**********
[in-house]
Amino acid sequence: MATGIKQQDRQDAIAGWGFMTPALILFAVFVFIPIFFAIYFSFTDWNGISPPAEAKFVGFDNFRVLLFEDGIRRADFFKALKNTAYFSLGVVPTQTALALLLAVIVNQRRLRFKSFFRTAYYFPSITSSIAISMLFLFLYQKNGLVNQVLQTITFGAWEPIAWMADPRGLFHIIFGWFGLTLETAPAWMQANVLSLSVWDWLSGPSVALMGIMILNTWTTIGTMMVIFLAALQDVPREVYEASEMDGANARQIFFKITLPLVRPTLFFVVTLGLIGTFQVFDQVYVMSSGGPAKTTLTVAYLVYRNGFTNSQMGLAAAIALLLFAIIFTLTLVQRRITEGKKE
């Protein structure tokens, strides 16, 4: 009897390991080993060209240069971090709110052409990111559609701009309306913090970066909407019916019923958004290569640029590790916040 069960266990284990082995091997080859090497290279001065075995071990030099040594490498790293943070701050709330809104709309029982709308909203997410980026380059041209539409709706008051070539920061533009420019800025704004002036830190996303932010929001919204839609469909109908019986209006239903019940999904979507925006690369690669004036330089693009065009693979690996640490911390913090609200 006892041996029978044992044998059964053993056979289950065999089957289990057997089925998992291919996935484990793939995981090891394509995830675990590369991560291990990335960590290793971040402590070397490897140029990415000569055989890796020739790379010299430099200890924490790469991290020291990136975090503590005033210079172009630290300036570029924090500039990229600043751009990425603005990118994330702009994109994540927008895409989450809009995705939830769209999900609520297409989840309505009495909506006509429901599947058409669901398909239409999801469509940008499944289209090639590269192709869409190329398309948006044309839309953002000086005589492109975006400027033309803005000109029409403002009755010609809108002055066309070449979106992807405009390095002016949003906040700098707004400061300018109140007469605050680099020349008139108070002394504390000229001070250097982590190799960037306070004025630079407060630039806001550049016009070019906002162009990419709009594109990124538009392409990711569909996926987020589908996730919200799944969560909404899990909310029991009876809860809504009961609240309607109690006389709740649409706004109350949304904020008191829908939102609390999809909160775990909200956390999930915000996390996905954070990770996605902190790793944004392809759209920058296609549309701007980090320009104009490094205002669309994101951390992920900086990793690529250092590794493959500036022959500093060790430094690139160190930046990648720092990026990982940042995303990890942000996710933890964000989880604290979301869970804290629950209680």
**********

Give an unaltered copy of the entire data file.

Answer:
[in-house]
Amino acid sequence: MATGIKQQDRQDAIAGWGFMTPALILFAVFVFIPIFFAIYFSFTDWNGISPPAEAKFVGFDNFRVLLFEDGIRRADFFKALKNTAYFSLGVVPTQTALALLLAVIVNQRRLRFKSFFRTAYYFPSITSSIAISMLFLFLYQKNGLVNQVLQTITFGAWEPIAWMADPRGLFHIIFGWFGLTLETAPAWMQANVLSLSVWDWLSGPSVALMGIMILNTWTTIGTMMVIFLAALQDVPREVYEASEMDGANARQIFFKITLPLVRPTLFFVVTLGLIGTFQVFDQVYVMSSGGPAKTTLTVAYLVYRNGFTNSQMGLAAAIALLLFAIIFTLTLVQRRITEGKKE
């Protein structure tokens, strides 16, 4: 009897390991080993060209240069971090709110052409990111559609701009309306913090970066909407019916019923958004290569640029590790916040 069960266990284990082995091997080859090497290279001065075995071990030099040594490498790293943070701050709330809104709309029982709308909203997410980026380059041209539409709706008051070539920061533009420019800025704004002036830190996303932010929001919204839609469909109908019986209006239903019940999904979507925006690369690669004036330089693009065009693979690996640490911390913090609200 006892041996029978044992044998059964053993056979289950065999089957289990057997089925998992291919996935484990793939995981090891394509995830675990590369991560291990990335960590290793971040402590070397490897140029990415000569055989890796020739790379010299430099200890924490790469991290020291990136975090503590005033210079172009630290300036570029924090500039990229600043751009990425603005990118994330702009994109994540927008895409989450809009995705939830769209999900609520297409989840309505009495909506006509429901599947058409669901398909239409999801469509940008499944289209090639590269192709869409190329398309948006044309839309953002000086005589492109975006400027033309803005000109029409403002009755010609809108002055066309070449979106992807405009390095002016949003906040700098707004400061300018109140007469605050680099020349008139108070002394504390000229001070250097982590190799960037306070004025630079407060630039806001550049016009070019906002162009990419709009594109990124538009392409990711569909996926987020589908996730919200799944969560909404899990909310029991009876809860809504009961609240309607109690006389709740649409706004109350949304904020008191829908939102609390999809909160775990909200956390999930915000996390996905954070990770996605902190790793944004392809759209920058296609549309701007980090320009104009490094205002669309994101951390992920900086990793690529250092590794493959500036022959500093060790430094690139160190930046990648720092990026990982940042995303990890942000996710933890964000989880604290979301869970804290629950209680």